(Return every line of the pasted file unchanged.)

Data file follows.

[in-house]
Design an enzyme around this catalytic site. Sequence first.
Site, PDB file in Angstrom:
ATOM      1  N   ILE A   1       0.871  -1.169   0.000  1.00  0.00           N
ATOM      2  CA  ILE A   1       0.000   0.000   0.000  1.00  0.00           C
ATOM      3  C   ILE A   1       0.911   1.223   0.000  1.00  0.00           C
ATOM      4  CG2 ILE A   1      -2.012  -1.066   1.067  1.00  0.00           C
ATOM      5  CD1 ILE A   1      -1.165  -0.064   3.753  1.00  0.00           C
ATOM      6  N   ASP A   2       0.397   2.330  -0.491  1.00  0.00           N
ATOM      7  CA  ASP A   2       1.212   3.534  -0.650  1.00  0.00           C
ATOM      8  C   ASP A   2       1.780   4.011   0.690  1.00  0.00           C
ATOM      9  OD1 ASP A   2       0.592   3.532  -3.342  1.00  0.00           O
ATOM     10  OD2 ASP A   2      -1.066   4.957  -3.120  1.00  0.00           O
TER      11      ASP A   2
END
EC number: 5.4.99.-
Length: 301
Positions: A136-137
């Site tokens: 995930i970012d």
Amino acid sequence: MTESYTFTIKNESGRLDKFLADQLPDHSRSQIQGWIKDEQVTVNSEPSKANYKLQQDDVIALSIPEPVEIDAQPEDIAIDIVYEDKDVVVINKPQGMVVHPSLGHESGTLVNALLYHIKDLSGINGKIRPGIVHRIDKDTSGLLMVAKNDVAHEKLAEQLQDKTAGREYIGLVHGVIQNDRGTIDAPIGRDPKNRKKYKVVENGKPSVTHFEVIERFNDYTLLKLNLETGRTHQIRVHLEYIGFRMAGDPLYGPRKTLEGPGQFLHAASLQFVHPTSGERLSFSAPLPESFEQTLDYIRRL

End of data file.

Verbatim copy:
[in-house]
Design an enzyme around this catalytic site. Sequence first.
Site, PDB file in Angstrom:
ATOM      1  N   ILE A   1       0.871  -1.169   0.000  1.00  0.00           N
ATOM      2  CA  ILE A   1       0.000   0.000   0.000  1.00  0.00           C
ATOM      3  C   ILE A   1       0.911   1.223   0.000  1.00  0.00           C
ATOM      4  CG2 ILE A   1      -2.012  -1.066   1.067  1.00  0.00           C
ATOM      5  CD1 ILE A   1      -1.165  -0.064   3.753  1.00  0.00           C
ATOM      6  N   ASP A   2       0.397   2.330  -0.491  1.00  0.00           N
ATOM      7  CA  ASP A   2       1.212   3.534  -0.650  1.00  0.00           C
ATOM      8  C   ASP A   2       1.780   4.011   0.690  1.00  0.00           C
ATOM      9  OD1 ASP A   2       0.592   3.532  -3.342  1.00  0.00           O
ATOM     10  OD2 ASP A   2      -1.066   4.957  -3.120  1.00  0.00           O
TER      11      ASP A   2
END
EC number: 5.4.99.-
Length: 301
Positions: A136-137
């Site tokens: 995930i970012d």
Amino acid sequence: MTESYTFTIKNESGRLDKFLADQLPDHSRSQIQGWIKDEQVTVNSEPSKANYKLQQDDVIALSIPEPVEIDAQPEDIAIDIVYEDKDVVVINKPQGMVVHPSLGHESGTLVNALLYHIKDLSGINGKIRPGIVHRIDKDTSGLLMVAKNDVAHEKLAEQLQDKTAGREYIGLVHGVIQNDRGTIDAPIGRDPKNRKKYKVVENGKPSVTHFEVIERFNDYTLLKLNLETGRTHQIRVHLEYIGFRMAGDPLYGPRKTLEGPGQFLHAASLQFVHPTSGERLSFSAPLPESFEQTLDYIRRL